Vul­ture funds swoop on debt farms

Sunday Independent (Ireland) - - News - Mark O’Re­gan

FARM­ING fam­i­lies are los­ing their land as vul­ture funds swoop on in­debted prop­er­ties bought dur­ing the height of the Celtic Tiger.

For­eign vul­ture funds that bought up large swathes of dis­tressed Ir­ish loans have sig­nif­i­cantly ramped up their pur­suit of bor­row­ers.

It comes as var­i­ous for­eign-based funds and inves- tors — of­ten re­ferred to as “vul­ture funds” — that bought dis­tressed Ir­ish loans dur­ing the crash, crank up their ac­tiv­i­ties in the courts.

The num­ber of debt en­force­ment cases be­ing taken in the High Court by ma­jor funds has in­creased ten­fold.

Ac­cord­ing to rep­re­sen­ta­tives of the farm­ing com­mu­nity, those with loans ac­quired by vul­ture funds have come un­der mount­ing pres­sure in re­cent months.

Speak­ing to the Sun­day In­de­pen­dent, John Comer, pres­i­dent of the Ir­ish Cream­ery Milk Sup­pli­ers As­so­ci­a­tion (ICMSA), said he knows of “hugely dis­tress­ing” in­di­vid­ual sto­ries of farm­ers los­ing their land.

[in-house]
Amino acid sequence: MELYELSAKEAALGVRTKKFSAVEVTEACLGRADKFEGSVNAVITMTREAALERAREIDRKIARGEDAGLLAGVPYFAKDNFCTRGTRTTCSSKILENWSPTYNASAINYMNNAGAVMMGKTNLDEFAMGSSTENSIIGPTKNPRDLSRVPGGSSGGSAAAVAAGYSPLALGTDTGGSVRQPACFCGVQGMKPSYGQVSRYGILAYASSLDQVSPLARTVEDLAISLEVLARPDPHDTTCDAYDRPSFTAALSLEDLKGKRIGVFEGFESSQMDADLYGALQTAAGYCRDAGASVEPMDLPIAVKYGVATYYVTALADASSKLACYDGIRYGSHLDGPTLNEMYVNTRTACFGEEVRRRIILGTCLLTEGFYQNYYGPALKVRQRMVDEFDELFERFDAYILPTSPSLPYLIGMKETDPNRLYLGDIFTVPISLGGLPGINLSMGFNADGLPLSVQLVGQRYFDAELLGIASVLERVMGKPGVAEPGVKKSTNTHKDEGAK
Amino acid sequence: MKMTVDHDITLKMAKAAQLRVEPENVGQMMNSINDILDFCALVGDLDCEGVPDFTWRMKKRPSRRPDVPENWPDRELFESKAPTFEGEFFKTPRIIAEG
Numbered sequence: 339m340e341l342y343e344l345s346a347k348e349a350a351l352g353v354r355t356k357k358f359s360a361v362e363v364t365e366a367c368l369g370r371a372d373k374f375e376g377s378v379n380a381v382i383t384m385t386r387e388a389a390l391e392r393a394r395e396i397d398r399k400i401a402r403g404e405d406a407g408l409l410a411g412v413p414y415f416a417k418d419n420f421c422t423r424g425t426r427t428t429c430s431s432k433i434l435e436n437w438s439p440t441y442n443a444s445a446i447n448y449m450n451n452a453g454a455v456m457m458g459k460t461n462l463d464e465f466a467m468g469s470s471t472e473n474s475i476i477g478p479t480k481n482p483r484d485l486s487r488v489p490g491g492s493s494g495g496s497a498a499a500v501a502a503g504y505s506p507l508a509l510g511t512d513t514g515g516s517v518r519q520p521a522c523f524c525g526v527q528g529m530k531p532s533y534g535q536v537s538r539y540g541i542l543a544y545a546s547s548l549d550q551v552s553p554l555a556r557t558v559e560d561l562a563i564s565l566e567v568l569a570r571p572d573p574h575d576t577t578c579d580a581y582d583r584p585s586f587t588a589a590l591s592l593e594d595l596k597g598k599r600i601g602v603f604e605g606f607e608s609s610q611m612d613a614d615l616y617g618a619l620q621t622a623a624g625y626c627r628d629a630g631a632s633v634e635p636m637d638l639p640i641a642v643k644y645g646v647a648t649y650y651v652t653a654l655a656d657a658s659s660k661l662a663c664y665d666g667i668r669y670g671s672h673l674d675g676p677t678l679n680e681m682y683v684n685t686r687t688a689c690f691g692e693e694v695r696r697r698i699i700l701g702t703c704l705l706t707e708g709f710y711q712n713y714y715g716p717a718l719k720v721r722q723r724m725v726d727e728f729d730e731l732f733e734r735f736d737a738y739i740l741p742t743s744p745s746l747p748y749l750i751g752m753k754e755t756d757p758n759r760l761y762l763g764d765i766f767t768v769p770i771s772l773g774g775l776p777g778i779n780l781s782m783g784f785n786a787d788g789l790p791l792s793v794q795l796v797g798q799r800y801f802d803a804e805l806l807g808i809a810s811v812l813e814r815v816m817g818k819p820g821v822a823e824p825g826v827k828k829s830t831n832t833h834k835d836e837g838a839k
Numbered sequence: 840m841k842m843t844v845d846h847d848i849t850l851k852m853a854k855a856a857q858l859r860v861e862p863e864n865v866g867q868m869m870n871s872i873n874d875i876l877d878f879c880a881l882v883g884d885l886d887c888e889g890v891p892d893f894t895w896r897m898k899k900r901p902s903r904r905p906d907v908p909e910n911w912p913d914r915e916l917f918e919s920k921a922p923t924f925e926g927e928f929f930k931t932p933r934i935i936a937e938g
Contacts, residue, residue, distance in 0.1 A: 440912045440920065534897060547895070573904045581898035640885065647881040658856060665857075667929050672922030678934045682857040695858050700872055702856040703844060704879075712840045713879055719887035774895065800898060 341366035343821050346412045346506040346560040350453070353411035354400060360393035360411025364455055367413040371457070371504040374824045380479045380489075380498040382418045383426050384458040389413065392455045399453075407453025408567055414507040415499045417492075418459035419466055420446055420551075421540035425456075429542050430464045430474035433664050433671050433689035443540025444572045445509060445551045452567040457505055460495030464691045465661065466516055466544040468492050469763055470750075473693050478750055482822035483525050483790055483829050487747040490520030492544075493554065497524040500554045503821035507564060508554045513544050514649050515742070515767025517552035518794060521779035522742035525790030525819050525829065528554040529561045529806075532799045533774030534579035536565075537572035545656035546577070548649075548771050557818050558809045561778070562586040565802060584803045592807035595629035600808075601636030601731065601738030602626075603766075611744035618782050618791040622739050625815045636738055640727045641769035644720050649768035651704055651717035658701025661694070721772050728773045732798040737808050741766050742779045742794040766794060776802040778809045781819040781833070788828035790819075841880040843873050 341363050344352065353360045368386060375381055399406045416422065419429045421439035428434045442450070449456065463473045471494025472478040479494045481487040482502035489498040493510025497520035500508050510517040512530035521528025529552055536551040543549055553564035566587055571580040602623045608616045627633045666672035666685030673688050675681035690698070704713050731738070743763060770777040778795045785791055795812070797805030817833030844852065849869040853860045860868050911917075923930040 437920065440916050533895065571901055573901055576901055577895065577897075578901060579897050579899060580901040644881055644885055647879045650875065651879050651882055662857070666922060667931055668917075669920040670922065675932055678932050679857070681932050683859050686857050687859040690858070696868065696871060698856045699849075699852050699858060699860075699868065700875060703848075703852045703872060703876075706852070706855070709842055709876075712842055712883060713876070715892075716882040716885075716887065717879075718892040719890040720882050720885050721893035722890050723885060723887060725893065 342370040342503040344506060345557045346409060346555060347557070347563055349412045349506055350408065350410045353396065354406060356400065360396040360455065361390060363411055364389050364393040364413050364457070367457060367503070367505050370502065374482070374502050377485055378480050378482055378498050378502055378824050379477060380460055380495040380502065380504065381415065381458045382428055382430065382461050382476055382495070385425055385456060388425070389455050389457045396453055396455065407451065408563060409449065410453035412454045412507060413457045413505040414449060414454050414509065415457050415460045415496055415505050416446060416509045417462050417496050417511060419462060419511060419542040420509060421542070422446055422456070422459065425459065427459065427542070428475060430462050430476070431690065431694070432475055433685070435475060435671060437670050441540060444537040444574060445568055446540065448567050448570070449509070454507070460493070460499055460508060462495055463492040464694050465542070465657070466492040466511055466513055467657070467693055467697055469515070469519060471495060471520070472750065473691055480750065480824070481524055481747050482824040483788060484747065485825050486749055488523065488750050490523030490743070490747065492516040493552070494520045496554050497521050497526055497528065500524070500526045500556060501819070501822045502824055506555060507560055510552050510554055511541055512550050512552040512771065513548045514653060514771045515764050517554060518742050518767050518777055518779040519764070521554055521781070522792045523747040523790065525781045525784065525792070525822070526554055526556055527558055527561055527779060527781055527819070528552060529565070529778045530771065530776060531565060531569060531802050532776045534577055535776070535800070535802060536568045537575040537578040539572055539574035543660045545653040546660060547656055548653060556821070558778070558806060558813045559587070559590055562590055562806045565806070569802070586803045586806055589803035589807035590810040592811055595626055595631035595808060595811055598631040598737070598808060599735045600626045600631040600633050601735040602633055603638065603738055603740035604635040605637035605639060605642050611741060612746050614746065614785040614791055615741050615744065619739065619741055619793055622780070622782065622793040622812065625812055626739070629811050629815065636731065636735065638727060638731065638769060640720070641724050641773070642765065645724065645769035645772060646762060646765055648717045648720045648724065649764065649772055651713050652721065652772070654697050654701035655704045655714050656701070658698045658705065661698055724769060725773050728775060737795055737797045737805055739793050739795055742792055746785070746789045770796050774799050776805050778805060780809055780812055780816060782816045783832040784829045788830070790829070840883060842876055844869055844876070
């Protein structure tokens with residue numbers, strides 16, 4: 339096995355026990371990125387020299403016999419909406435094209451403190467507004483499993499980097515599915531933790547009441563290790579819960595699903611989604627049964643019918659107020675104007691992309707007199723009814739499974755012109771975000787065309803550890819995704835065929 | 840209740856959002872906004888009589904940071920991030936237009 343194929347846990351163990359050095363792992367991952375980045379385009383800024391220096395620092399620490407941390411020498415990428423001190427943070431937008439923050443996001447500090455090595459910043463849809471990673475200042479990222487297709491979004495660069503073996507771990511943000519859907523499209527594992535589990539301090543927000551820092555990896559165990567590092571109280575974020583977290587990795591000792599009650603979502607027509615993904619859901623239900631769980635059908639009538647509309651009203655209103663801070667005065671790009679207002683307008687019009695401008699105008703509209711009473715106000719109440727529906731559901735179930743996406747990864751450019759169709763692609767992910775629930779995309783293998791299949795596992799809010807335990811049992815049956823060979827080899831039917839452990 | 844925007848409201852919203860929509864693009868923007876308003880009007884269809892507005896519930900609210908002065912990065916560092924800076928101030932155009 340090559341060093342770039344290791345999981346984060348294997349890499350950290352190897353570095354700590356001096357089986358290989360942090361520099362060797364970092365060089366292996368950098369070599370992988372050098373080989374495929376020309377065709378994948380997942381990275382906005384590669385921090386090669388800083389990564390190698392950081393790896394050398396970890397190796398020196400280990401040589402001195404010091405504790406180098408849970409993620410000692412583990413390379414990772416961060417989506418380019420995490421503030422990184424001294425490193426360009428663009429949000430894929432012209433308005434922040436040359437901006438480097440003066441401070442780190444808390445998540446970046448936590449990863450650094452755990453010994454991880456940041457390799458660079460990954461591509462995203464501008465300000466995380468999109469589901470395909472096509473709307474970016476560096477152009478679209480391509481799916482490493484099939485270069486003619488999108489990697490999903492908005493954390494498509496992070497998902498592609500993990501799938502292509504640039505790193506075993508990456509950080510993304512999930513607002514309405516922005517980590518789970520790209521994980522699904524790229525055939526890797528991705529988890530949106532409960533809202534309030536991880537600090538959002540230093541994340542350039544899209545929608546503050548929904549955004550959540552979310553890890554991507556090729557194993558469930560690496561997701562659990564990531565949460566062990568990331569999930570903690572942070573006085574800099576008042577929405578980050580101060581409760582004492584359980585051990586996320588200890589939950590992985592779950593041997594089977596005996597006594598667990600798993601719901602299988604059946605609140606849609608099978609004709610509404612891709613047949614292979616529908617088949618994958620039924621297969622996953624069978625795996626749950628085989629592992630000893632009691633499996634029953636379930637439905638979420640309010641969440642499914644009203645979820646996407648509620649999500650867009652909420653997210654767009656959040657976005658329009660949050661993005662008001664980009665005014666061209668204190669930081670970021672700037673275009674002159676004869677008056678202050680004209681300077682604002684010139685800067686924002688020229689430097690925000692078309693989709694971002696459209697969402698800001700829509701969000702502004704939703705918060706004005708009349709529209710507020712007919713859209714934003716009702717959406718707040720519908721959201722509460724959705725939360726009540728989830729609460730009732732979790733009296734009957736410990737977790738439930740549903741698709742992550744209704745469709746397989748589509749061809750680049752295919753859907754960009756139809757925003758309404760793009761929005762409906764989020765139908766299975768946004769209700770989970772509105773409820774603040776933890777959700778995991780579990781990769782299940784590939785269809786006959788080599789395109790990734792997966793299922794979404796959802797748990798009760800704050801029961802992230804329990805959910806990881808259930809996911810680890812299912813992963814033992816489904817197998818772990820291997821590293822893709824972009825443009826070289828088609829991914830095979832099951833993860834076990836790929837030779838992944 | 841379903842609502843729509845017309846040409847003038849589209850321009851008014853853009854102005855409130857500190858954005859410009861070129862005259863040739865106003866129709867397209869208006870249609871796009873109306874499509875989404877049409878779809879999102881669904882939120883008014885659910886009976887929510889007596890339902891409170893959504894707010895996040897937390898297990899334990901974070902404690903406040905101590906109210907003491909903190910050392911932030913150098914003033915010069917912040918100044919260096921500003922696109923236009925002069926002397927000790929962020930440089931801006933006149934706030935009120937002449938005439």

“In the vast ma­jor­ity of cases, the farm was in the fam­ily for gen­er­a­tions. The re­al­ity is that it wasn’t the farm­ing busi­ness that brought them down. Dur­ing the boom there were off-farm in­vest­ments which didn’t work out, and the col­lat­eral of the farm was caught up in it. But in many cases the farm­ing busi­ness was still vi­able, and it would have made more sense for the State and the tax­payer, if a work­able so­lu­tion was found, to keep them in their busi­ness.

“Ex­treme pres­sure is be­ing put on farm­ers now.”

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